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VATICAN CITY (CNN) -- It is home to 1.6 million books, centuries-old manuscripts and the oldest known complete Bible.
Now, librarians at the Vatican Library are using cutting-edge technology to keep track of the priceless ancient collection.
About 30,000 books have been tagged with radio frequency identification (RFID) chips since implementation of the technology began last year.
Two million of the 40-million piece collection will be tagged in the near future, allowing staff to complete the library's annual inventory in less than a day, something that previously forced it to close for a whole month.
RFID chips, also known as tags, store information and send it via radio waves to a reader, in this case a hand held device that enables librarians to monitor the condition of the books and their whereabouts.
Emilia Di Bernardo, vice president of Seret, the company that has integrated the technology into the library catalogue, says staff at the Vatican Library approached her company about three years ago.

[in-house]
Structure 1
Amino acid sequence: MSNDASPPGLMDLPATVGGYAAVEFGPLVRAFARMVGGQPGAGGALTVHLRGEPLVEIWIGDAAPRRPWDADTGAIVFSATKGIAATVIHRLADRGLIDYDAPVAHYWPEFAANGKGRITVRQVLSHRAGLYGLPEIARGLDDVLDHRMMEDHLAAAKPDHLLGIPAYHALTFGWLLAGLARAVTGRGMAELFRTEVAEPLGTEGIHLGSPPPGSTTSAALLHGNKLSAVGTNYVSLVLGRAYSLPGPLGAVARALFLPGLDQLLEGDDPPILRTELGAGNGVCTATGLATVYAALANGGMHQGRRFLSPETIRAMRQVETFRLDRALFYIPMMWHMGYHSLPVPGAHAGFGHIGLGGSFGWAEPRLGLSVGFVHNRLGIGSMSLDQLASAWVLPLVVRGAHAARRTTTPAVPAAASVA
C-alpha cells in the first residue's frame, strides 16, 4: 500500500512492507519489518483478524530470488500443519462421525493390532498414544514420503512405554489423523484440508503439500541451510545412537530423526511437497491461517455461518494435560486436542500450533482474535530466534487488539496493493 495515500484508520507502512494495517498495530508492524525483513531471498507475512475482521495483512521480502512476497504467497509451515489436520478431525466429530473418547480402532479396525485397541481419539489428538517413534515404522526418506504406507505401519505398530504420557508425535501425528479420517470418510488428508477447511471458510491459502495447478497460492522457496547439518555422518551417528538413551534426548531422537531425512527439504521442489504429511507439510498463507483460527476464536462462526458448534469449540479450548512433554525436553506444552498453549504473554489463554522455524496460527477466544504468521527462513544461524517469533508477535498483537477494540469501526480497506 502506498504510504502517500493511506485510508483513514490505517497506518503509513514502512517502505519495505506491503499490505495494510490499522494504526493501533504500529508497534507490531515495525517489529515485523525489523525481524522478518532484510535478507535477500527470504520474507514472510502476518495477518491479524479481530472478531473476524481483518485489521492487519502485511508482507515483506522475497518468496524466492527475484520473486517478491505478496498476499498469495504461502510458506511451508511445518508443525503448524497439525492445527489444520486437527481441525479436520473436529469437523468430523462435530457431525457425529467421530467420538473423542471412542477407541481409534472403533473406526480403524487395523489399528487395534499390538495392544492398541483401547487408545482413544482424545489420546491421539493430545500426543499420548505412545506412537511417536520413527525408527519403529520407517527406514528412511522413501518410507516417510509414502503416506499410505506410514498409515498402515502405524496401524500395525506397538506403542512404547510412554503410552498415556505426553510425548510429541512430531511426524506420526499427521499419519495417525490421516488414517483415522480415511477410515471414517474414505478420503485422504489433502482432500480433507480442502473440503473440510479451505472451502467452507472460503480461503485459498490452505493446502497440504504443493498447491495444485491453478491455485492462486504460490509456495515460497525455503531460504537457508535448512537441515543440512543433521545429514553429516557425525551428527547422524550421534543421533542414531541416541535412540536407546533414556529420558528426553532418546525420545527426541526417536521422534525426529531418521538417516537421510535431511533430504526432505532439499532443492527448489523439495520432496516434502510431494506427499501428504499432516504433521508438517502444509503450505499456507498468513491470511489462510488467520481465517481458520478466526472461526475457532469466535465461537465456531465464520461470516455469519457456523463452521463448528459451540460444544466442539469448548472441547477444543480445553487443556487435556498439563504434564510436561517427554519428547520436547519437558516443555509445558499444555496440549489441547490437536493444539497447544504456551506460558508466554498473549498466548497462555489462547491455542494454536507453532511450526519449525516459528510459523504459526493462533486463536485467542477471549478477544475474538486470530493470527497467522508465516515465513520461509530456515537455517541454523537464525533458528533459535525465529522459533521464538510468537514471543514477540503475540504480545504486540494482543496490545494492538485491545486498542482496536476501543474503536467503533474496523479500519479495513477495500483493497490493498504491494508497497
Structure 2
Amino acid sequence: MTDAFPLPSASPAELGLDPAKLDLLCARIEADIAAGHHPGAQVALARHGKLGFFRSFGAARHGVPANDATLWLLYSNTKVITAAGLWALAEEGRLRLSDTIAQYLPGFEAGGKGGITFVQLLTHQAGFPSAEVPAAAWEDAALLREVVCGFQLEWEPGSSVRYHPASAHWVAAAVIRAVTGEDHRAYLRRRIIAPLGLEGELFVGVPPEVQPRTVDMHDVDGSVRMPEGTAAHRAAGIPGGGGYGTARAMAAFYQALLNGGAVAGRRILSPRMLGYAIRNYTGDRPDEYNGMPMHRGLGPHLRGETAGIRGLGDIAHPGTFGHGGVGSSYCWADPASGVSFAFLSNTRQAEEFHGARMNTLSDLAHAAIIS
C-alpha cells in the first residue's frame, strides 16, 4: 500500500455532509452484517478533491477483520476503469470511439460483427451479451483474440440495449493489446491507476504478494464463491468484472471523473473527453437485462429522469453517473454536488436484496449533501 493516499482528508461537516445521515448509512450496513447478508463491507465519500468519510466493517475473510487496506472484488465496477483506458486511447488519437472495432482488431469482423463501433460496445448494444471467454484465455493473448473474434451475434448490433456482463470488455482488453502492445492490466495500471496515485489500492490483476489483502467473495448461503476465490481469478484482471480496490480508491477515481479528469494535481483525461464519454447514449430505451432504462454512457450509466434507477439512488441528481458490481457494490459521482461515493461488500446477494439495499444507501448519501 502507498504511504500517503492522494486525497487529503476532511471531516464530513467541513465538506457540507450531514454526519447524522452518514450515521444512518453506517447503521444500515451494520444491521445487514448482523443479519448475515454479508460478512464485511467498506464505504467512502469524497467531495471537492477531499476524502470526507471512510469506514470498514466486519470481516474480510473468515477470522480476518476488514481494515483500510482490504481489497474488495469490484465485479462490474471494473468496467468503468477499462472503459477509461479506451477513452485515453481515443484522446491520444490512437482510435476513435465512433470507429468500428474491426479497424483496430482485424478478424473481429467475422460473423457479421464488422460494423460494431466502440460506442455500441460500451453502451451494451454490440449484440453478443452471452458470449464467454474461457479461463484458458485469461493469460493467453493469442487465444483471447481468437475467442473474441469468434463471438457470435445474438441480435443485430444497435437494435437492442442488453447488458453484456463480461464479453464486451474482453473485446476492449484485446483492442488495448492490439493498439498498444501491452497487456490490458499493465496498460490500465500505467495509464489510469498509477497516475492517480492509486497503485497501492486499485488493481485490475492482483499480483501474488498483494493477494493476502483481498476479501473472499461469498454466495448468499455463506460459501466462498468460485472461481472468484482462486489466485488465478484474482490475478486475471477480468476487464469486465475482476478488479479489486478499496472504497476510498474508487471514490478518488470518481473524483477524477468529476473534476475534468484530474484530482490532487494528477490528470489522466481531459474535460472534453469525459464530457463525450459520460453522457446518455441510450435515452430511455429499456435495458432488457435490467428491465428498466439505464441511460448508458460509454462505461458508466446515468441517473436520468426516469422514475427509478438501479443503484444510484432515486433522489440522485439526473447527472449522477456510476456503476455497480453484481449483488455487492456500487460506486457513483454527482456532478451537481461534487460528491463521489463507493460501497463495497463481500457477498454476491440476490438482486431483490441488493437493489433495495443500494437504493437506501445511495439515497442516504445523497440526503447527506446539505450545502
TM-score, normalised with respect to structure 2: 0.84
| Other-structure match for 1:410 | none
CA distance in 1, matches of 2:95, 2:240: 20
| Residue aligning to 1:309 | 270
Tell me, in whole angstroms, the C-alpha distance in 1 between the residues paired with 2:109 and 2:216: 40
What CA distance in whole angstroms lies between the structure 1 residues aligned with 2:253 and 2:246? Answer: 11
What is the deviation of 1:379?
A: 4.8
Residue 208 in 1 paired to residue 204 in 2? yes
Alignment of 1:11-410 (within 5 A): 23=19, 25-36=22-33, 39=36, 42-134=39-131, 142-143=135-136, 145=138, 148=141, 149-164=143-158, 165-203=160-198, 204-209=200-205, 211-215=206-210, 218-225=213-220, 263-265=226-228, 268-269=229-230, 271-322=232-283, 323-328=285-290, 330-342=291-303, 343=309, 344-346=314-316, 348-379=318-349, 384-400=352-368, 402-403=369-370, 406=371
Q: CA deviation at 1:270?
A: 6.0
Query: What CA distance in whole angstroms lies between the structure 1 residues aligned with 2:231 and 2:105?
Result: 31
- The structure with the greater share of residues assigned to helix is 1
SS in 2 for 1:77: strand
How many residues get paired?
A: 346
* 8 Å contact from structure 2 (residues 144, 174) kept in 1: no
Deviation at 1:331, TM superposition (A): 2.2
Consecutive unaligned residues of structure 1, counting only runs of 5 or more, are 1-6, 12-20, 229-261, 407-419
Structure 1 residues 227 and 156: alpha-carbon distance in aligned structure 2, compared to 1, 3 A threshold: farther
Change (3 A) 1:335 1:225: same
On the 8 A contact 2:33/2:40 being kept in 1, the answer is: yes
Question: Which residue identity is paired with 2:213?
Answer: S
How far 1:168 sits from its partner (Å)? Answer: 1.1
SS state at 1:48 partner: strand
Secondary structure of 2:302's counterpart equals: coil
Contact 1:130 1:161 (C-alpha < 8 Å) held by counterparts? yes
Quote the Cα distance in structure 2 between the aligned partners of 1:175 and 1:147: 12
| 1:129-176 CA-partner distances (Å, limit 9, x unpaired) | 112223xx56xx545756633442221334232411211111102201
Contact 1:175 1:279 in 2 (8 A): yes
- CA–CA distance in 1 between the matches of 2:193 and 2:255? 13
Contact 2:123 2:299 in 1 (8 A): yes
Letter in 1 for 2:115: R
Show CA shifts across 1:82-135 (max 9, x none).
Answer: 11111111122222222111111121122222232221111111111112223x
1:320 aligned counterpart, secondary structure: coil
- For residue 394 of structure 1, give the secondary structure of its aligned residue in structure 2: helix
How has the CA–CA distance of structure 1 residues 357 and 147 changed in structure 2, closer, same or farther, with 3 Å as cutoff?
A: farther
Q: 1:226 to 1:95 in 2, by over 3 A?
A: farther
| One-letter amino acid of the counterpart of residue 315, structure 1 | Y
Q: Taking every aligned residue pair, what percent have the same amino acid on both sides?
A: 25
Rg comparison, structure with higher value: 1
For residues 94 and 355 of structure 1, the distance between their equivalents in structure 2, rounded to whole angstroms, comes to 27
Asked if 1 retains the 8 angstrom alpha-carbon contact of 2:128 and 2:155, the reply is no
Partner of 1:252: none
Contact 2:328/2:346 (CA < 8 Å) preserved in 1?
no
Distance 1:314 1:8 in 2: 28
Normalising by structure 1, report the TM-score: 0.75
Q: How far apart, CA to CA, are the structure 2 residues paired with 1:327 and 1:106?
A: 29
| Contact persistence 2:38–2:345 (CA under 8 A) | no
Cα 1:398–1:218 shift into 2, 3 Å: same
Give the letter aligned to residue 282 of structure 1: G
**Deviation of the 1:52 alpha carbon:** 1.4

"Initially, all they wanted was an efficient inventory," she says.
"We didn't even think about using RFID three years ago. It was considered such a new type of use for that technology.
"But we came up with something that is not only an inventory but a way to manage the books. This way staff always know where all the books are."
Di Bernardo says RFID is perfect for the Vatican Library's needs and her company has since installed the technology in other Italian libraries.
She says it is relatively inexpensive to maintain the system and the technology does not damage the books in any way.
"The most expensive part is the tags and the hardware."
Christian Krieber, of Texas Instruments, the company that manufactures the RFID tags, says the possibilities for using RFID technology are endless.
"It's easy to use. It's robust and as the price comes down, you will see it being used more and more, including in bus ticketing and concert ticketing."
His company has helped British retailer Marks and Spencer roll out 3 million RFID tags in its produce line.
"It allows them to keep track of what is fresh and what needs removing from the shelves," he says.